In Sitka, Alaska, landslides represent one of the most harrowing effects of climate change. In 2015, Sitka experienced a series of fatal landslides which ignited local and national action to address how to best keep communities safe and informed. After learning about our geospatial services, the Sitka Sound Science Center (SSSC) contacted Azavea to request a tool able to communicate immediate landslide risks and present information to residents to prepare for landslide events and understand the risk involved. SSSC also wanted the tool to include static elements like FAQs, pertinent links, and articles. 

Through working with community stakeholders including SCCC, the RAND Corp., the Sitka Tribe of Alaska, the University of Southern California, and the University of Oregon, our Azavea team developed a web-based landslide awareness dashboard to meet these needs.

Scatterplot showing the relative landslide risk today due to 3 hour rainfall data.

Building a Solution: Assessing and Communicating Landslide Risk

The landslide dashboard represents just one component of the work and research involved in this project. SSSC approached Azavea to build out the web-based landslide awareness tool given our experience creating geospatial decision-support tools that address the impacts of climate change. 

Rainfall data is the primary data source used in the dashboard. Three-hour rainfall, the amount of rain that falls over a three-hour period, is the biggest indicator of a landslide. When a lot of rain falls over a brief period of time, the soil becomes saturated and is more likely to move. The application provides users with three different levels of data: what’s happening right now, what’s happening over the next 24 hours, and a three-day forecast.

The dashboard includes three levels of risk depending on the amount of rainfall: low, moderate, and severe. This risk algorithm was developed by Annette Patton, a hillslope geomorphologist with whom we collaborated when developing the application. The dashboard also explains each level of risk, provides a risk map, and visualizes the current conditions compared to past storms.

Screenshot that outlines the differences between high, medium, and low risk conditions.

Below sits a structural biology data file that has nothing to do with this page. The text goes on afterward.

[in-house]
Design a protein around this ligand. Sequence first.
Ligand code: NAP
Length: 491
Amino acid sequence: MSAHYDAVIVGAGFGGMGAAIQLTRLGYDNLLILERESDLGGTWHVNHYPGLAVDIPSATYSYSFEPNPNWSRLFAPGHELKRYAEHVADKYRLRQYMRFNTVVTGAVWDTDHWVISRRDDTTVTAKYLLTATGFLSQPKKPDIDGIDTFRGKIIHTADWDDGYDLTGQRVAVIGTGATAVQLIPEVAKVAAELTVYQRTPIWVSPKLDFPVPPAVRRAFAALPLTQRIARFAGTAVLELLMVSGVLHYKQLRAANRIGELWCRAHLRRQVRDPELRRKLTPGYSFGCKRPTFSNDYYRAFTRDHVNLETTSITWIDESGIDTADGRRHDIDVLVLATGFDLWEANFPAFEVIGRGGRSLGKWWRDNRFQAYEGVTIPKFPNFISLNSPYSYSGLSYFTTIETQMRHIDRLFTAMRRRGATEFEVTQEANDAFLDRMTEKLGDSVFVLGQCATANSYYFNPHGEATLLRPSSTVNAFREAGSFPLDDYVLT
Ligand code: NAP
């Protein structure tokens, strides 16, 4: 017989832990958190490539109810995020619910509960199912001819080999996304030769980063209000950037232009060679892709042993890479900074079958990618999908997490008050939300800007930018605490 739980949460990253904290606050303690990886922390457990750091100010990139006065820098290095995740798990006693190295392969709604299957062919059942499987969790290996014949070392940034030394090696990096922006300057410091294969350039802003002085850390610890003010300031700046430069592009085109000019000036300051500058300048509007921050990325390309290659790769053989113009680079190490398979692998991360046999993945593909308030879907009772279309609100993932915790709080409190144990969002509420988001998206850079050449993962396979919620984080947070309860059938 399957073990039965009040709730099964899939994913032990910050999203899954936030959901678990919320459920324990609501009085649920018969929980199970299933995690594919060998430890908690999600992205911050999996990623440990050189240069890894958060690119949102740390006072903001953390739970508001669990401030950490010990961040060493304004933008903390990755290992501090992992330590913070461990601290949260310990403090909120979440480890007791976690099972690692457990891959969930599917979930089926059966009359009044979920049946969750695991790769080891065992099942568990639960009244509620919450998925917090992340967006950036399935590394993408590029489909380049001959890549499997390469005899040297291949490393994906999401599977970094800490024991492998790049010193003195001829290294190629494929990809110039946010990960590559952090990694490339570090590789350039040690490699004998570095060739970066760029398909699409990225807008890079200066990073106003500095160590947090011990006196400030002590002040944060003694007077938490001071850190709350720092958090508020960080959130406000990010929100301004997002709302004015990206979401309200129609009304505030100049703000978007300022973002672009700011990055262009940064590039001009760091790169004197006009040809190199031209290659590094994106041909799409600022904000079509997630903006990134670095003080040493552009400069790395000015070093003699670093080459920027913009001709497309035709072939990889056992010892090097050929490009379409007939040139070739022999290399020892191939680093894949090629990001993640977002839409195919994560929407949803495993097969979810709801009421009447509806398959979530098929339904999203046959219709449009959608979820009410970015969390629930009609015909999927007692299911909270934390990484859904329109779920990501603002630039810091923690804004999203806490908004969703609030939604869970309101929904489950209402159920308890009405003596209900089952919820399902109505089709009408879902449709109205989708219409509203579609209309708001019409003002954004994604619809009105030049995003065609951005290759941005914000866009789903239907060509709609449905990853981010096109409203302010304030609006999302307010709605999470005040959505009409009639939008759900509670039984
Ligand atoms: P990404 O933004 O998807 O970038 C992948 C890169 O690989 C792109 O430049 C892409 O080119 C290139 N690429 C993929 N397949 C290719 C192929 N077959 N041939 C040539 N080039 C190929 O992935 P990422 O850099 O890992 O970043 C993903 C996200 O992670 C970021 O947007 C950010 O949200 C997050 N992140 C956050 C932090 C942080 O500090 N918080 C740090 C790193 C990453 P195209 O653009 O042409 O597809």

How User Discovery Influences Risk Visualization

When the SSSC team first came to Azavea, they aimed to provide the people of Sitka with a way to make better, more informed decisions in their day-to-day life based on science and weather data; but they didn’t have a clear vision for the final product. Sitka is a very active community where people live, work, and visit. The area draws hikers and campers who, much like full-time inhabitants, need to be informed about landslide risk in order to keep themselves safe.  

Initially, our client pictured a page full of information, charts, and widgets. However, when our UX team talked to end-users during the discovery process, we learned that most Sitkans were not looking for infographics. Instead of graphs and widgets, users wanted a simple warning conveying the likelihood of a landslide. After our UX team brought the findings from this user research back to the client and showed them a simple, streamlined design of a risk visualization webpage, the SSSC team ultimately decided this paired-down approach was best for keeping Sitkans safe.

The Future of Landslide Risk Visualization in a Changing Climate

To ensure that the dashboard and associated data stream outlive the landslide project, we built this dashboard for SSSC using open-source technology. Azavea is a strong advocate for building open-source software, and in this instance it ensures that there are plenty of opportunities to scale and duplicate the application for other communities that are prone to landslides. Living with climate change means that communities just like Sitka will be in desperate need of similar risk warning systems, and we are happy to partner with organizations like SSSC who recognize the need to share this technology and knowledge.